Once inside the Crawdaddy on April 28, 1963, it only took Andrew Loog Oldham and Eric Easton a few minutes to agree: this band really had something. At the end of the show Oldham approached Brian Jones. And while Giorgio Gomelsky was out of the country, Andrew Oldham and Eric Easton signed the Rolling Stones on May 1, 1963.
Popeye, William Bendix, Ray Danton...in Andrew Oldham's opinion Ian Stewart could no longer be a front line member of the Stones, because his image was wrong and his looks were too different. The proceedings during the Stones' recording session at Olympic Sound Studios, London, on May 10, 1963 were a first but very clear sign Stu had to leave the band. During the more or less 'unproduced' sessions the band worked on a couple of songs, one being a rather obscure Chuck Berry tune, 'Come On', which had never been out in the UK.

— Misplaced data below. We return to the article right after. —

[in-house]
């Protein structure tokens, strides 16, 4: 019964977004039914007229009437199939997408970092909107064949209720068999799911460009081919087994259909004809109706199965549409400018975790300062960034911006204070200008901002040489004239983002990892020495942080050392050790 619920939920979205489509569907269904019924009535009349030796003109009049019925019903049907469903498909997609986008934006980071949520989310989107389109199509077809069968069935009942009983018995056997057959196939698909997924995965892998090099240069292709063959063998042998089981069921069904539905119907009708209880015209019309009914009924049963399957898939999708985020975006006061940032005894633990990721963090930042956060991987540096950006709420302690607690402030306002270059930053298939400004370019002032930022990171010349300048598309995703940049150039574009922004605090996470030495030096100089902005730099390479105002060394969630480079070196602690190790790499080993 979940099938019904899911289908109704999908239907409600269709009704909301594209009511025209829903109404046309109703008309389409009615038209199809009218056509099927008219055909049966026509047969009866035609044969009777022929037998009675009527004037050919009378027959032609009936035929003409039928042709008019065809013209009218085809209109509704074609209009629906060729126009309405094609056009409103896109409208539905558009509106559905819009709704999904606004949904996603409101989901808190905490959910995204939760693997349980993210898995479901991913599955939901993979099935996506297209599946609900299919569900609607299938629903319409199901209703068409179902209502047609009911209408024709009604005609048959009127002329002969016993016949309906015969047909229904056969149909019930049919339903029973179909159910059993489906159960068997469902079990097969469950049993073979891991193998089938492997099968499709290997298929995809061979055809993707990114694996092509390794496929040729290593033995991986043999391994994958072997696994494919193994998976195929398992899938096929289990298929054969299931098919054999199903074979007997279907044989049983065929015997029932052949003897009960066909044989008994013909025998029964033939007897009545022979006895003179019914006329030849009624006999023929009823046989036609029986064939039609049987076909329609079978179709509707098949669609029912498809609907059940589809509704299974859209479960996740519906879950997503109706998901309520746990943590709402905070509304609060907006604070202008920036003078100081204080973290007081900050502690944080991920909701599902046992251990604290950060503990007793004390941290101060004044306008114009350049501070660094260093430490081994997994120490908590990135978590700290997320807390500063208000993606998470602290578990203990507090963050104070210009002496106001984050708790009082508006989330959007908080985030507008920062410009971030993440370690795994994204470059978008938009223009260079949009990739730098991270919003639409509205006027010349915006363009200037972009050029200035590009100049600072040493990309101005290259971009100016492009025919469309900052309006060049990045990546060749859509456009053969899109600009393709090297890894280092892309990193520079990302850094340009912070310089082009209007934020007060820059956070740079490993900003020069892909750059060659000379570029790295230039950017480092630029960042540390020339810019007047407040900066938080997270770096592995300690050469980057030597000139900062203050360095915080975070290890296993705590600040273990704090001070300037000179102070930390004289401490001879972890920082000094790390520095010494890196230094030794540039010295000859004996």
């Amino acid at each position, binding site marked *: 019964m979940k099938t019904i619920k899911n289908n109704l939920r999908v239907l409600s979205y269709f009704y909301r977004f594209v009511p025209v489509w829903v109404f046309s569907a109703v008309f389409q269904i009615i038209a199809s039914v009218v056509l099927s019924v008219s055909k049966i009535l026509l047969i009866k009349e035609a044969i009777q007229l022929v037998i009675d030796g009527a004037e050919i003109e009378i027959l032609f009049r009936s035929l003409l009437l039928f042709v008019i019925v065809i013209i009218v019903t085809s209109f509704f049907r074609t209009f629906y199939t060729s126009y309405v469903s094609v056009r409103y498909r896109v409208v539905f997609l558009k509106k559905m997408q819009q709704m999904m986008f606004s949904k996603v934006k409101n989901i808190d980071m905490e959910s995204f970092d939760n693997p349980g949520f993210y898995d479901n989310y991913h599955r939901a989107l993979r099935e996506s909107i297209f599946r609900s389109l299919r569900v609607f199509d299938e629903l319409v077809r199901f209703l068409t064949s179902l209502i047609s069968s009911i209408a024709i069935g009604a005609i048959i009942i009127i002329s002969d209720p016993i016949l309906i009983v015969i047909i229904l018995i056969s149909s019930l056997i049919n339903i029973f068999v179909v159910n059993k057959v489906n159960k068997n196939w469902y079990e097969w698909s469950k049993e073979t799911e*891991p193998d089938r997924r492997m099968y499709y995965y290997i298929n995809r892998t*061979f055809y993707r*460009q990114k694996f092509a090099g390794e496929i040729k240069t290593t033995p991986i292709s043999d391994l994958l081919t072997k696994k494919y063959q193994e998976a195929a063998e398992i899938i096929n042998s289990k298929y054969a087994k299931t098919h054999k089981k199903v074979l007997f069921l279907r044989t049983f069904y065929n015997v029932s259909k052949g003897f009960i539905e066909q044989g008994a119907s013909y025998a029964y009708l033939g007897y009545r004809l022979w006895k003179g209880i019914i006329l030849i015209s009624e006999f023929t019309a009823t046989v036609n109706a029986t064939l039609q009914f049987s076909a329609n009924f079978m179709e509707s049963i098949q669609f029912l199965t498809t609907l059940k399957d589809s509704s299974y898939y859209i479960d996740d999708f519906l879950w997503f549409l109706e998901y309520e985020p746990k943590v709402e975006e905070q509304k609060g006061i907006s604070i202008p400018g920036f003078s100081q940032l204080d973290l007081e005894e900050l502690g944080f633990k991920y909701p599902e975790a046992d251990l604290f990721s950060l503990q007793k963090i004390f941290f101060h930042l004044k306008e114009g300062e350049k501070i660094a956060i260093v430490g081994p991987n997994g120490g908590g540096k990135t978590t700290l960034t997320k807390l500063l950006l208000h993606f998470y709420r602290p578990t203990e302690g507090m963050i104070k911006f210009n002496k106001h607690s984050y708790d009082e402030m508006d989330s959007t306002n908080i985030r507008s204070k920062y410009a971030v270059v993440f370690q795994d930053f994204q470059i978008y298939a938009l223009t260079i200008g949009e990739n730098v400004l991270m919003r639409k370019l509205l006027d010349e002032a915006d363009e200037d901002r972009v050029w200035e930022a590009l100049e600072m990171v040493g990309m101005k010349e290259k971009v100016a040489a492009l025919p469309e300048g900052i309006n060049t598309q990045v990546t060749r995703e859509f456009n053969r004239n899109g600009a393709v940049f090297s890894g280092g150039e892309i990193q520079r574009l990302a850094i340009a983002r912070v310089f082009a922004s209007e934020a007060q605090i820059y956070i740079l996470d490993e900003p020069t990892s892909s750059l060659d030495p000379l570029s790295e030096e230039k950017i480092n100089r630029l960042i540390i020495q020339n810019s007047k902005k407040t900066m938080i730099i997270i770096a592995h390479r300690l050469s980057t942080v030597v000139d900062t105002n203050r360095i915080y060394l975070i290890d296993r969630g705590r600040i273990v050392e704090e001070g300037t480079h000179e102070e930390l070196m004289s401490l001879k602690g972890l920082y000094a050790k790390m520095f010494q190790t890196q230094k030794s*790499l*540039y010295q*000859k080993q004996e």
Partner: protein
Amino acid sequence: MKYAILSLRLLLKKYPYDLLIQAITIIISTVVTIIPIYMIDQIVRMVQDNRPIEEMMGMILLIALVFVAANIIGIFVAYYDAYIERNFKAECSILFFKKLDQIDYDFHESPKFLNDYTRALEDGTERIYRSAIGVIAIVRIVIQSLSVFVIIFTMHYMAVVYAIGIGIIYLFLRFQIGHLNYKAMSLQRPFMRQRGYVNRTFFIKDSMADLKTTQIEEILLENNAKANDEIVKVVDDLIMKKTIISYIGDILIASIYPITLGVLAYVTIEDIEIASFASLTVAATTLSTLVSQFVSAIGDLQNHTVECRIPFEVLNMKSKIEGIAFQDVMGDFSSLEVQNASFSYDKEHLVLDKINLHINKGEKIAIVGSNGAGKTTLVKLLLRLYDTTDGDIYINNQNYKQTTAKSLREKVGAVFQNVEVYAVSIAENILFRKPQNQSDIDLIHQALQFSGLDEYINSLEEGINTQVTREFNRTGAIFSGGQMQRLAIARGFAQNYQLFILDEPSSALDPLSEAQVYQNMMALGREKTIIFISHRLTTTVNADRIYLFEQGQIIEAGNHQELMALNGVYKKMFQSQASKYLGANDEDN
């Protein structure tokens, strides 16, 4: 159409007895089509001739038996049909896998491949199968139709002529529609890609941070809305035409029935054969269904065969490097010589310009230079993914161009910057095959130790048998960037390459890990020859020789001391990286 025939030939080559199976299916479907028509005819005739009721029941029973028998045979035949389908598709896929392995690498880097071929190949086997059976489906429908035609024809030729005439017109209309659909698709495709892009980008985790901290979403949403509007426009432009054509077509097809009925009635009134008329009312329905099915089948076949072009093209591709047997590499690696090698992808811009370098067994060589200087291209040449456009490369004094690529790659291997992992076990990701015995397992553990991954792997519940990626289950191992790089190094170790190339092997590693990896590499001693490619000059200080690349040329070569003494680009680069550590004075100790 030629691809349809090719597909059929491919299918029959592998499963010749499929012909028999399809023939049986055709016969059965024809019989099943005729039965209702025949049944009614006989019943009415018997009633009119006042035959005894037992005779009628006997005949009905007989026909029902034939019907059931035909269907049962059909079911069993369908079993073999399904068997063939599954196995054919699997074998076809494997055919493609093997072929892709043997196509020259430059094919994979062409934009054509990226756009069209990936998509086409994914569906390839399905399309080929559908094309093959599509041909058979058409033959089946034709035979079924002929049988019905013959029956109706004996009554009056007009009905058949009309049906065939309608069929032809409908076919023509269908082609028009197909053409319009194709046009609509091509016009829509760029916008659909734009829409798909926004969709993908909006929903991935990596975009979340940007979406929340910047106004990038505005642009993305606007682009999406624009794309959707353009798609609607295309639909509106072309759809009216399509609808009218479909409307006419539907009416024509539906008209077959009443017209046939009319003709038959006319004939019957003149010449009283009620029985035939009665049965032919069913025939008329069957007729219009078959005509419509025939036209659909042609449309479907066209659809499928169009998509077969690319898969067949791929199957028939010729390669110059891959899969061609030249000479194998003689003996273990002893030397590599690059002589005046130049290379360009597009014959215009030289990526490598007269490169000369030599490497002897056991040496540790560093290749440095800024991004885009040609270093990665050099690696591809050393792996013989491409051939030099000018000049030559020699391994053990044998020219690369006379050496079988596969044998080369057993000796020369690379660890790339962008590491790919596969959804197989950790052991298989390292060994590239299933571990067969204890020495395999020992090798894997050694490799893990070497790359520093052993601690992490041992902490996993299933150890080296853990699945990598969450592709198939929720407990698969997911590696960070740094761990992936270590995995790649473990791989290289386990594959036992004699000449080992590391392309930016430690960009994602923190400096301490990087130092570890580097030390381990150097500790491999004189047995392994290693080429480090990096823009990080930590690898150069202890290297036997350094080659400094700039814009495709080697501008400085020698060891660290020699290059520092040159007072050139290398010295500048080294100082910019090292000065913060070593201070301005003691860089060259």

Roger Savage, the studio's sound engineer: We set up and did four songs quite quickly. The main thing I remember was that Andrew Oldham told me to turn Ian Stewart's piano microphone off; he obviously didn't want him in the band because he didn't look the part. I was a bit embarrassed about doing it, but that was Andrew. When they came up the stairs to the control room to play back there was no piano! Nobody said anything. I felt a bit strange about doing that. Brian was the one who was the most vocal, he was the one who was suggesting things more than the others. The sound on 'Come On' was pretty conventional. It was a clean recording compared to the later recordings which they did at Regent Sound. Their own sound was more of a mess, looser, with less separation between the instruments.
Adapted from the following source: Andrew Loog Oldham, Stoned, Vintage, 2001.